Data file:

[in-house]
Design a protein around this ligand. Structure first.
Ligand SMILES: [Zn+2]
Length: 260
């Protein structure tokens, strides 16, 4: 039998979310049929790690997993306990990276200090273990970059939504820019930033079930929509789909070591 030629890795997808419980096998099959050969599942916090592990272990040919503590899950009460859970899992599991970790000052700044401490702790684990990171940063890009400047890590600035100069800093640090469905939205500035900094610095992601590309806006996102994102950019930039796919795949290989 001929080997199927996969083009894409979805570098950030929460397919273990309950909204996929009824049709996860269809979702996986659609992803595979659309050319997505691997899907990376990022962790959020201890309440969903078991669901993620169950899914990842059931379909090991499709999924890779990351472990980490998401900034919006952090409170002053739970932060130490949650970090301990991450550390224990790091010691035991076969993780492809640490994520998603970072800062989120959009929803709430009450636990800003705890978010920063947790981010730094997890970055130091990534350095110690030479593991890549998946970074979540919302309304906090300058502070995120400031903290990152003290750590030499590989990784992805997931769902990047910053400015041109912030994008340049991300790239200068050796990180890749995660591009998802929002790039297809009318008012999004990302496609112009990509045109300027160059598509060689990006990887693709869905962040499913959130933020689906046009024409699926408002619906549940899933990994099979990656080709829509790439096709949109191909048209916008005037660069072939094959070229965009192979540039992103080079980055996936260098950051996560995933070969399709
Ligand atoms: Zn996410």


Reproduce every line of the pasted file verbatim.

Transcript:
[in-house]
Design a protein around this ligand. Structure first.
Ligand SMILES: [Zn+2]
Length: 260
């Protein structure tokens, strides 16, 4: 039998979310049929790690997993306990990276200090273990970059939504820019930033079930929509789909070591 030629890795997808419980096998099959050969599942916090592990272990040919503590899950009460859970899992599991970790000052700044401490702790684990990171940063890009400047890590600035100069800093640090469905939205500035900094610095992601590309806006996102994102950019930039796919795949290989 001929080997199927996969083009894409979805570098950030929460397919273990309950909204996929009824049709996860269809979702996986659609992803595979659309050319997505691997899907990376990022962790959020201890309440969903078991669901993620169950899914990842059931379909090991499709999924890779990351472990980490998401900034919006952090409170002053739970932060130490949650970090301990991450550390224990790091010691035991076969993780492809640490994520998603970072800062989120959009929803709430009450636990800003705890978010920063947790981010730094997890970055130091990534350095110690030479593991890549998946970074979540919302309304906090300058502070995120400031903290990152003290750590030499590989990784992805997931769902990047910053400015041109912030994008340049991300790239200068050796990180890749995660591009998802929002790039297809009318008012999004990302496609112009990509045109300027160059598509060689990006990887693709869905962040499913959130933020689906046009024409699926408002619906549940899933990994099979990656080709829509790439096709949109191909048209916008005037660069072939094959070229965009192979540039992103080079980055996936260098950051996560995933070969399709
Ligand atoms: Zn996410």